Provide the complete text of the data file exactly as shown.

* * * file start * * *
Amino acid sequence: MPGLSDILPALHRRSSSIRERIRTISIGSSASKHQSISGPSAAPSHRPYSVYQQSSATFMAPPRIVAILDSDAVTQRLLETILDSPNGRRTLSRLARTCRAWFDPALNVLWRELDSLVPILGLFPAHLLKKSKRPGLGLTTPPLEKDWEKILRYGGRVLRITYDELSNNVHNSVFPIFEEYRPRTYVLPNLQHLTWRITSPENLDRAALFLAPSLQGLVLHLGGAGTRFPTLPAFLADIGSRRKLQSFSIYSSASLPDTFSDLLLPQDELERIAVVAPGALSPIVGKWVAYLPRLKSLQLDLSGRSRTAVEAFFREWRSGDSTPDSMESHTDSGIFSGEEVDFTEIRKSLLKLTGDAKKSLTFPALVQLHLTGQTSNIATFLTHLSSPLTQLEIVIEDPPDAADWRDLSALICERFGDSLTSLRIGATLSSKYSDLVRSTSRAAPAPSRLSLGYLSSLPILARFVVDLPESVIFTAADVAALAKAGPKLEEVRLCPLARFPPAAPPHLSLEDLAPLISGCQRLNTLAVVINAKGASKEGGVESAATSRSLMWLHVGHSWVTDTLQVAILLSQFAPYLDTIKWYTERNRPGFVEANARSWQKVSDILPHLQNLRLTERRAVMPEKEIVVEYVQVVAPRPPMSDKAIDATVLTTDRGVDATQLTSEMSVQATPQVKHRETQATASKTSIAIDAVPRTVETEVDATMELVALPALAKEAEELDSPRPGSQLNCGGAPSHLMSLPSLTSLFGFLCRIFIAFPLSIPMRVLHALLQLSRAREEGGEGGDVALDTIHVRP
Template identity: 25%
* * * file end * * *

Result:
Amino acid sequence: MPGLSDILPALHRRSSSIRERIRTISIGSSASKHQSISGPSAAPSHRPYSVYQQSSATFMAPPRIVAILDSDAVTQRLLETILDSPNGRRTLSRLARTCRAWFDPALNVLWRELDSLVPILGLFPAHLLKKSKRPGLGLTTPPLEKDWEKILRYGGRVLRITYDELSNNVHNSVFPIFEEYRPRTYVLPNLQHLTWRITSPENLDRAALFLAPSLQGLVLHLGGAGTRFPTLPAFLADIGSRRKLQSFSIYSSASLPDTFSDLLLPQDELERIAVVAPGALSPIVGKWVAYLPRLKSLQLDLSGRSRTAVEAFFREWRSGDSTPDSMESHTDSGIFSGEEVDFTEIRKSLLKLTGDAKKSLTFPALVQLHLTGQTSNIATFLTHLSSPLTQLEIVIEDPPDAADWRDLSALICERFGDSLTSLRIGATLSSKYSDLVRSTSRAAPAPSRLSLGYLSSLPILARFVVDLPESVIFTAADVAALAKAGPKLEEVRLCPLARFPPAAPPHLSLEDLAPLISGCQRLNTLAVVINAKGASKEGGVESAATSRSLMWLHVGHSWVTDTLQVAILLSQFAPYLDTIKWYTERNRPGFVEANARSWQKVSDILPHLQNLRLTERRAVMPEKEIVVEYVQVVAPRPPMSDKAIDATVLTTDRGVDATQLTSEMSVQATPQVKHRETQATASKTSIAIDAVPRTVETEVDATMELVALPALAKEAEELDSPRPGSQLNCGGAPSHLMSLPSLTSLFGFLCRIFIAFPLSIPMRVLHALLQLSRAREEGGEGGDVALDTIHVRP
Template identity: 25%